Intracoronary Abciximab and Aspiration Thrombectomy in Patients With Large Anterior Myocardial Infarction: The INFUSE-AMI Randomized Trial

Study Questions:

What is the impact of intracoronary abciximab, aspiration thrombectomy, or both on infarct size in patients with ST-segment elevation myocardial infarction (STEMI)?

Methods:

The authors performed a randomized trial of 452 patients presenting within 4 hours of STEMI due to proximal or mid left anterior descending artery occlusion undergoing primary PCI with bivalirudin anticoagulation. Patients were randomized in an open-label, 2 x 2 factorial design to bolus intracoronary abciximab delivered locally at the infarct lesion site versus no abciximab, and to manual aspiration thrombectomy versus no thrombectomy. The primary endpoint of the study was infarct size (percentage of total left ventricular mass) at 30 days assessed by cardiac magnetic resonance imaging in the abciximab versus no abciximab groups (pooled across the aspiration randomization) and the major secondary endpoint was 30-day infarct size in the aspiration versus no aspiration groups (pooled across the abciximab randomization).

Results:

Patients randomized to intracoronary abciximab had a significant reduction in 30-day infarct size (median, 15.1% vs. 17.9%; p = 0.03) and a significant reduction in absolute infarct mass (median 18.7 g vs. 24.0 g; p = 0.03), but there was no difference in the abnormal wall motion score (median, 7.0 vs. 8.0; p = 0.08). Patients randomized to aspiration thrombectomy versus no aspiration had no significant difference in infarct size at 30 days (median, 17.0% vs. 17.3%; p = 0.51), absolute infarct mass (median, 20.3 g vs. 21.0 g; p = 0.36), or abnormal wall motion score.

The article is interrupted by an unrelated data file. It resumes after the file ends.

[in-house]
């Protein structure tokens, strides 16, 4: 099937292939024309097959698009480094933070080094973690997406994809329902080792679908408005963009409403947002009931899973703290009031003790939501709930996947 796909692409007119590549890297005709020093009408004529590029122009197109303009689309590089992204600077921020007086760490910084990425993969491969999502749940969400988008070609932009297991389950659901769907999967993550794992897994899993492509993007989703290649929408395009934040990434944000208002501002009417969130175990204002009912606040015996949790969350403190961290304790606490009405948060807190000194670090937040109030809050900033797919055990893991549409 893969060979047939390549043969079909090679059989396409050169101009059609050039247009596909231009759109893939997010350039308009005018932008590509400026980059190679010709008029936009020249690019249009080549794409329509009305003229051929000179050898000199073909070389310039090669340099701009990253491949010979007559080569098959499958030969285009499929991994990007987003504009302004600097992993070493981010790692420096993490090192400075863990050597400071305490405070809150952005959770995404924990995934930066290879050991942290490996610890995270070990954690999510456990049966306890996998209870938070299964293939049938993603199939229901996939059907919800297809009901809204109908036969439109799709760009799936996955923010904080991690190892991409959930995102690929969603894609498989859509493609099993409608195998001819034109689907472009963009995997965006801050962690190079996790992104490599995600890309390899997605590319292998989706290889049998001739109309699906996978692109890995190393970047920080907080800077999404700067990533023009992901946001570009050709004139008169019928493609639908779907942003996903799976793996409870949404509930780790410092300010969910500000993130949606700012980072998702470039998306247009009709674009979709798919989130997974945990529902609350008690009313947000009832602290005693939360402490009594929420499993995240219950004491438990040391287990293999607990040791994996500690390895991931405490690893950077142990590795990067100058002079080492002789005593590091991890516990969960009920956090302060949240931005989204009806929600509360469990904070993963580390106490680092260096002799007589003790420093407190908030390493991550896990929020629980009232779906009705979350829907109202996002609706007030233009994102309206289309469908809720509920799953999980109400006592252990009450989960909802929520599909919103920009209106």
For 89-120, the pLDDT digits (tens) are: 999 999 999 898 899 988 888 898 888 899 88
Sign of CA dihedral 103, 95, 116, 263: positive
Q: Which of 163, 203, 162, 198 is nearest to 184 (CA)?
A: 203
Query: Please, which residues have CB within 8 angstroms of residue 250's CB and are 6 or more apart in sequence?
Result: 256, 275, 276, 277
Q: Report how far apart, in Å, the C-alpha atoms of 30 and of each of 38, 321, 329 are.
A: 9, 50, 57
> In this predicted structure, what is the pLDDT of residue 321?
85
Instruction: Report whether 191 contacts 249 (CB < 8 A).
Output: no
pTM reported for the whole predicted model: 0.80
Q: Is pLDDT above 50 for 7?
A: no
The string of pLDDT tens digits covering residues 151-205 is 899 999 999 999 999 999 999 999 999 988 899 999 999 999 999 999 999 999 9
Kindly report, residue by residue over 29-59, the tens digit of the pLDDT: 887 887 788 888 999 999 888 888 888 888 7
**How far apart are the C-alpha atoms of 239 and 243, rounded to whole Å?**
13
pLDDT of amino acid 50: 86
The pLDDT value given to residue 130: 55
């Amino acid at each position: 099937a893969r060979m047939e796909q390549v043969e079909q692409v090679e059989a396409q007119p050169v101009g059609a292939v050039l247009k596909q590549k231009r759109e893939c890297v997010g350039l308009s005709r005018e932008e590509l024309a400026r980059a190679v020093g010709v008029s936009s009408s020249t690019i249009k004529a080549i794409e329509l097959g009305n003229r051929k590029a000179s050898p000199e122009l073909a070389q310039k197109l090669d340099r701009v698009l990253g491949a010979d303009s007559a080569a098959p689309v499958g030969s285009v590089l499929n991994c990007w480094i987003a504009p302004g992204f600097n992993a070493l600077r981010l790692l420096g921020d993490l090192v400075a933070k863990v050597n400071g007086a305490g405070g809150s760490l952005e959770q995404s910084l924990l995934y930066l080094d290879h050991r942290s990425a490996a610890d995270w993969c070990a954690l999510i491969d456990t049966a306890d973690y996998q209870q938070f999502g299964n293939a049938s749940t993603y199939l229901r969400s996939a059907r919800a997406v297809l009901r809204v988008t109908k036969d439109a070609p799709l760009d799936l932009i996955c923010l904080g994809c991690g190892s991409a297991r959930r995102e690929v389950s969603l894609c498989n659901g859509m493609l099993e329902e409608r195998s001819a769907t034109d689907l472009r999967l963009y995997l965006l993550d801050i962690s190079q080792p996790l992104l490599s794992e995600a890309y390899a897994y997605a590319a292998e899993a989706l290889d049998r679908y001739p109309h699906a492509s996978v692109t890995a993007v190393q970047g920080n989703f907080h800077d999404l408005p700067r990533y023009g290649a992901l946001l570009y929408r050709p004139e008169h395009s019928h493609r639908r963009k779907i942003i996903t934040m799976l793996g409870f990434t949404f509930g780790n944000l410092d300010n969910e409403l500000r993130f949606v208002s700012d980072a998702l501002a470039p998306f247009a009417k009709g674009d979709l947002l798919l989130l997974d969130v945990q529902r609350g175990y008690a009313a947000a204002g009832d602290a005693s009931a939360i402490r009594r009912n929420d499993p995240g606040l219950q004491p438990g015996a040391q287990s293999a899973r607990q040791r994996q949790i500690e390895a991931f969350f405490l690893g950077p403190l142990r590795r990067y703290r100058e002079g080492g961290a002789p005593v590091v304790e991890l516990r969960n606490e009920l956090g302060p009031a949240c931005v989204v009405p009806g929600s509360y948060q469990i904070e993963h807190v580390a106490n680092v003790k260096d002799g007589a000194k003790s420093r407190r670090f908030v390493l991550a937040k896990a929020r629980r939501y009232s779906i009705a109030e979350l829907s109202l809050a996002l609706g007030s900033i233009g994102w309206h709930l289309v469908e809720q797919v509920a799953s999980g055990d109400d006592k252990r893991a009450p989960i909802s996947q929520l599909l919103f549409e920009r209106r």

Conclusions:

The authors concluded that in patients with anterior wall STEMI, intracoronary abciximab was associated with a reduction in infarct size.

Perspective:

This study demonstrates a slight improvement in myocardial salvage with intracoronary abciximab in patients undergoing primary PCI, although the clinical impact of this remains unclear. The recently published AIDA STEMI study (Thiele H, et al. Lancet 2012;379:923-31) demonstrated a slight reduction in congestive heart failure with intracoronary abciximab, and given the results of these two studies, it would be reasonable to consider an intracoronary route, if abciximab use is contemplated. This study did not find any benefit of aspiration thrombectomy, which is currently used in nearly a third of patients undergoing primary PCI, and invokes the need for large dedicated trials to assess the clinical effectiveness of this common practice.

Clinical Topics: Anticoagulation Management, Cardiac Surgery, Heart Failure and Cardiomyopathies, Invasive Cardiovascular Angiography and Intervention, Noninvasive Imaging, Aortic Surgery, Cardiac Surgery and Heart Failure, Acute Heart Failure, Interventions and Imaging, Magnetic Resonance Imaging

Keywords: Myocardial Infarction, Suction, Platelet Aggregation Inhibitors, Infusion Pumps, Magnetic Resonance Imaging, Angioplasty, Balloon, Coronary, Hirudins, Thrombectomy, Heart Failure, Recombinant Proteins, Salvage Therapy, Peptide Fragments, Cardiovascular Diseases


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